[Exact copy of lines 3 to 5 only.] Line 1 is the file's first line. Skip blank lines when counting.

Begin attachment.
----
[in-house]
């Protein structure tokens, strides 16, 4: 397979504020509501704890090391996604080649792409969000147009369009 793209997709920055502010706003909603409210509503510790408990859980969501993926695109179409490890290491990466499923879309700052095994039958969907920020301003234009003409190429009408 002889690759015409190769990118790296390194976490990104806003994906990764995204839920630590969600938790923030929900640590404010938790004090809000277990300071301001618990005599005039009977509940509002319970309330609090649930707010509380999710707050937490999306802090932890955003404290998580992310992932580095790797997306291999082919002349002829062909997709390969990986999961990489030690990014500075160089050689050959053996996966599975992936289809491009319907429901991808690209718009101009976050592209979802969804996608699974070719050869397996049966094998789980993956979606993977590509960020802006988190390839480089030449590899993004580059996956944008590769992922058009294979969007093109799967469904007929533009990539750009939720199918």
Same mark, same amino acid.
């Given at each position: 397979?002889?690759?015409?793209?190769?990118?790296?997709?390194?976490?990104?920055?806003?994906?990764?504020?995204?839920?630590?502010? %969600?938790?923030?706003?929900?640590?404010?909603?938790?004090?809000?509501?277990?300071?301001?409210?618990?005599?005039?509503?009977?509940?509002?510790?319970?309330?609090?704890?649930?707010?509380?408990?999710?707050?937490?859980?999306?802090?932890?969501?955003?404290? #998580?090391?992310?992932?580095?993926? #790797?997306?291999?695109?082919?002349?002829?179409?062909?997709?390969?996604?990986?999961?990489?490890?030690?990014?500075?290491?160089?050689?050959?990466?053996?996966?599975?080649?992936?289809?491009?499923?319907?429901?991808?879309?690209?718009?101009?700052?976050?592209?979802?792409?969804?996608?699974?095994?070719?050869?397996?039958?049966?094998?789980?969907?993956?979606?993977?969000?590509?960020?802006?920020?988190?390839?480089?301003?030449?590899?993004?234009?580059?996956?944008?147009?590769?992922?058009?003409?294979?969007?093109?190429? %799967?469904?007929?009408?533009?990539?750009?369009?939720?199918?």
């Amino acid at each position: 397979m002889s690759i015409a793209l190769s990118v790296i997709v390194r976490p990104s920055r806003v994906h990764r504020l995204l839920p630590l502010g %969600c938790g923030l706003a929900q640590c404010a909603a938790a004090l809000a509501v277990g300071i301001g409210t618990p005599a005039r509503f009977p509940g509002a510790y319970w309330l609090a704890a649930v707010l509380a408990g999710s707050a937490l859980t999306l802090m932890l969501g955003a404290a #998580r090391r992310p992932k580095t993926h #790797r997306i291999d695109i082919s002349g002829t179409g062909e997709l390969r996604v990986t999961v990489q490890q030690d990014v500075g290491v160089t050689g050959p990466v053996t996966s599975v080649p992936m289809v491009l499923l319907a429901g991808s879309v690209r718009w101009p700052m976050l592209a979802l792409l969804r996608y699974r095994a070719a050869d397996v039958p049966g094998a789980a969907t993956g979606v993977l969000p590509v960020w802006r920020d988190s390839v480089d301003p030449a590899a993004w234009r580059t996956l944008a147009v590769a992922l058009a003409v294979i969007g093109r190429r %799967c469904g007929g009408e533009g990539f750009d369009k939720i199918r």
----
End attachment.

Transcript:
Same mark, same amino acid.
């Given at each position: 397979?002889?690759?015409?793209?190769?990118?790296?997709?390194?976490?990104?920055?806003?994906?990764?504020?995204?839920?630590?502010? %969600?938790?923030?706003?929900?640590?404010?909603?938790?004090?809000?509501?277990?300071?301001?409210?618990?005599?005039?509503?009977?509940?509002?510790?319970?309330?609090?704890?649930?707010?509380?408990?999710?707050?937490?859980?999306?802090?932890?969501?955003?404290? #998580?090391?992310?992932?580095?993926? #790797?997306?291999?695109?082919?002349?002829?179409?062909?997709?390969?996604?990986?999961?990489?490890?030690?990014?500075?290491?160089?050689?050959?990466?053996?996966?599975?080649?992936?289809?491009?499923?319907?429901?991808?879309?690209?718009?101009?700052?976050?592209?979802?792409?969804?996608?699974?095994?070719?050869?397996?039958?049966?094998?789980?969907?993956?979606?993977?969000?590509?960020?802006?920020?988190?390839?480089?301003?030449?590899?993004?234009?580059?996956?944008?147009?590769?992922?058009?003409?294979?969007?093109?190429? %799967?469904?007929?009408?533009?990539?750009?369009?939720?199918?």
């Amino acid at each position: 397979m002889s690759i015409a793209l190769s990118v790296i997709v390194r976490p990104s920055r806003v994906h990764r504020l995204l839920p630590l502010g %969600c938790g923030l706003a929900q640590c404010a909603a938790a004090l809000a509501v277990g300071i301001g409210t618990p005599a005039r509503f009977p509940g509002a510790y319970w309330l609090a704890a649930v707010l509380a408990g999710s707050a937490l859980t999306l802090m932890l969501g955003a404290a #998580r090391r992310p992932k580095t993926h #790797r997306i291999d695109i082919s002349g002829t179409g062909e997709l390969r996604v990986t999961v990489q490890q030690d990014v500075g290491v160089t050689g050959p990466v053996t996966s599975v080649p992936m289809v491009l499923l319907a429901g991808s879309v690209r718009w101009p700052m976050l592209a979802l792409l969804r996608y699974r095994a070719a050869d397996v039958p049966g094998a789980a969907t993956g979606v993977l969000p590509v960020w802006r920020d988190s390839v480089d301003p030449a590899a993004w234009r580059t996956l944008a147009v590769a992922l058009a003409v294979i969007g093109r190429r %799967c469904g007929g009408e533009g990539f750009d369009k939720i199918r």